There has been much debate and publicity about the mis-use of police powers of stop and search of photographers, some quite high profile incidents reported in the press. Personally, I have never been stopped, but that doesn’t mean I don’t support the rights of photographers to go about a lawful pursuit without threat of being detained, searched, etc. Interesting that the new Home Secretary Teresa May has intervened, rather overdue in my view. As reported in the British Journal of Photographers sense seems to have prevailed to a degree. Let’s hope that the police actually bother to take note, as it wouldn’t surprise me a bit to still find pockets of numpty hobby bobbies or regular police failing to read and digest the statement. It took the European Court of Human Rights to make them see sense.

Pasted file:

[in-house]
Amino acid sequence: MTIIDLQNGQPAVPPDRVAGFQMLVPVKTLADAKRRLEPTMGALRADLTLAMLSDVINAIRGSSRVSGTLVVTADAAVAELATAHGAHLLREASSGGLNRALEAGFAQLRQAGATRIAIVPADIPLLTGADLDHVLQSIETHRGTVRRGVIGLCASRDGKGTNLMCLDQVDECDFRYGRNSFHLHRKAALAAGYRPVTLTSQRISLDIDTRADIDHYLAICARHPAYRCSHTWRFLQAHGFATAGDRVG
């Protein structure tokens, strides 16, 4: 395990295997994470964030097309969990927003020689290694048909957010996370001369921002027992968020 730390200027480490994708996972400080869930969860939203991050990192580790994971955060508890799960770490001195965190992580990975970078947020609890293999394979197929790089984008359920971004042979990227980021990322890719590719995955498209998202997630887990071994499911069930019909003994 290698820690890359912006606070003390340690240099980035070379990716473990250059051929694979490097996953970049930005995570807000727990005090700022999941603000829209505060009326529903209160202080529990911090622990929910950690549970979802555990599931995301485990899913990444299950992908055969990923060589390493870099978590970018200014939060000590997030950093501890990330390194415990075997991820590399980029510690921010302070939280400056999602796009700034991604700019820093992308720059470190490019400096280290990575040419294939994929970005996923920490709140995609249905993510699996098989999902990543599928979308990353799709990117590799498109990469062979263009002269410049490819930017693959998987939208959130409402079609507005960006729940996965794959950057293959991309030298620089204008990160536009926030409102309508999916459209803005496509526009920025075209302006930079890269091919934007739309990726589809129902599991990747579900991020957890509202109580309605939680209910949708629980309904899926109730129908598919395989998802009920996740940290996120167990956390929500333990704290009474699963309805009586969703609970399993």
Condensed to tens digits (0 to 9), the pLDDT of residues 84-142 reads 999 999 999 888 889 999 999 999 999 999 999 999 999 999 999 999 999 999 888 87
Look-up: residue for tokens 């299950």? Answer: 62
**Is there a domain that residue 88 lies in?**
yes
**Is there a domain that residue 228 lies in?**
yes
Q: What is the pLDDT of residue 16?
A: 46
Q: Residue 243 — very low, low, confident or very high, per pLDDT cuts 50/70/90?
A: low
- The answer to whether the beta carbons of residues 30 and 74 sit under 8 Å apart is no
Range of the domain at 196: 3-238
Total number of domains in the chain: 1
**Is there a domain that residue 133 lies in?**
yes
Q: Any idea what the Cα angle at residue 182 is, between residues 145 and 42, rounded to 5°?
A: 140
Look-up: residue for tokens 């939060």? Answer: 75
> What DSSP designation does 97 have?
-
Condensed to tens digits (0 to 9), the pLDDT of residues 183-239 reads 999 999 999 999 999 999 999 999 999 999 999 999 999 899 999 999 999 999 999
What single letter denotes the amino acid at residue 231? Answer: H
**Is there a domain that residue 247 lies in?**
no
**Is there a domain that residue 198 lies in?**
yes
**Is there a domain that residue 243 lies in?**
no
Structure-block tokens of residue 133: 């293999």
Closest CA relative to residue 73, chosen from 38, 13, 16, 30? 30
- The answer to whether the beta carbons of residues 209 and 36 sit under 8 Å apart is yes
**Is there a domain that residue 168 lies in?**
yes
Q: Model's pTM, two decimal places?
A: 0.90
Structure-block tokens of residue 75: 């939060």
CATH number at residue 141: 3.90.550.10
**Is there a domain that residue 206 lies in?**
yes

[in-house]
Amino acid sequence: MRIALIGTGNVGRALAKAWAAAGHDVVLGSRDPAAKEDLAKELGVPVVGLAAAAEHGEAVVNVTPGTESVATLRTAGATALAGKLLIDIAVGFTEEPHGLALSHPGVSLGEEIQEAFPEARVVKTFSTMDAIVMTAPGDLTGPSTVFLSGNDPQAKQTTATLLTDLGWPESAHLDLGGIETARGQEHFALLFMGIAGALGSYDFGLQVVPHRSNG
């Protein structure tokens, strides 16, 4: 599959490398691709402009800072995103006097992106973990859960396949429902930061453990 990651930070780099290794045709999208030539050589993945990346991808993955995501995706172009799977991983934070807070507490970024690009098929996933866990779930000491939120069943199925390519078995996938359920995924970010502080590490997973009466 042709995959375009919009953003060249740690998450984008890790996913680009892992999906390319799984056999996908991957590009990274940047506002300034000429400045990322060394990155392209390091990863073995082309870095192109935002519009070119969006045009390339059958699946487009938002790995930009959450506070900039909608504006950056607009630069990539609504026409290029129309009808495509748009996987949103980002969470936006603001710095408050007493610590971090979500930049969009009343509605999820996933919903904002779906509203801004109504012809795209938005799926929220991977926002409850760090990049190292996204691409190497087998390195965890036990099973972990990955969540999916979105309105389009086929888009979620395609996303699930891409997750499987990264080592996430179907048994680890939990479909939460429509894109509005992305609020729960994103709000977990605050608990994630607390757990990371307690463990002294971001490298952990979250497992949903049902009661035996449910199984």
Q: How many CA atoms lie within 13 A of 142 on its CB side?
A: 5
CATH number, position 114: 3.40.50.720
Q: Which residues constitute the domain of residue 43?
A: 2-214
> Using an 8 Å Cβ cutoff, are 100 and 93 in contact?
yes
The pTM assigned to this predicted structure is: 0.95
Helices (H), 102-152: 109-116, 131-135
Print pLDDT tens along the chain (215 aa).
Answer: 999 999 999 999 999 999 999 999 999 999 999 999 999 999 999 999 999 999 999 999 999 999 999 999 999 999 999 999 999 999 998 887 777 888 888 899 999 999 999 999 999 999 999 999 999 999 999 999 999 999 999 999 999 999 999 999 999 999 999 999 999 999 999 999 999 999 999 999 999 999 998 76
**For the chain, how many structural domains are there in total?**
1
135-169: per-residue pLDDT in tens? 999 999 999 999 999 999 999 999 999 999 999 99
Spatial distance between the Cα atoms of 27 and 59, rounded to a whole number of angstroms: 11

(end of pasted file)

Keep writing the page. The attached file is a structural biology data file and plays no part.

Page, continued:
On Wednesday of last week, the European Court of Human Rights ruled that its judgment in the case of Gillan and Quinton is final. This judgment found that the stop and search powers granted under section 44 of the Terrorism Act 2000 amount to the violation of the right to a private life.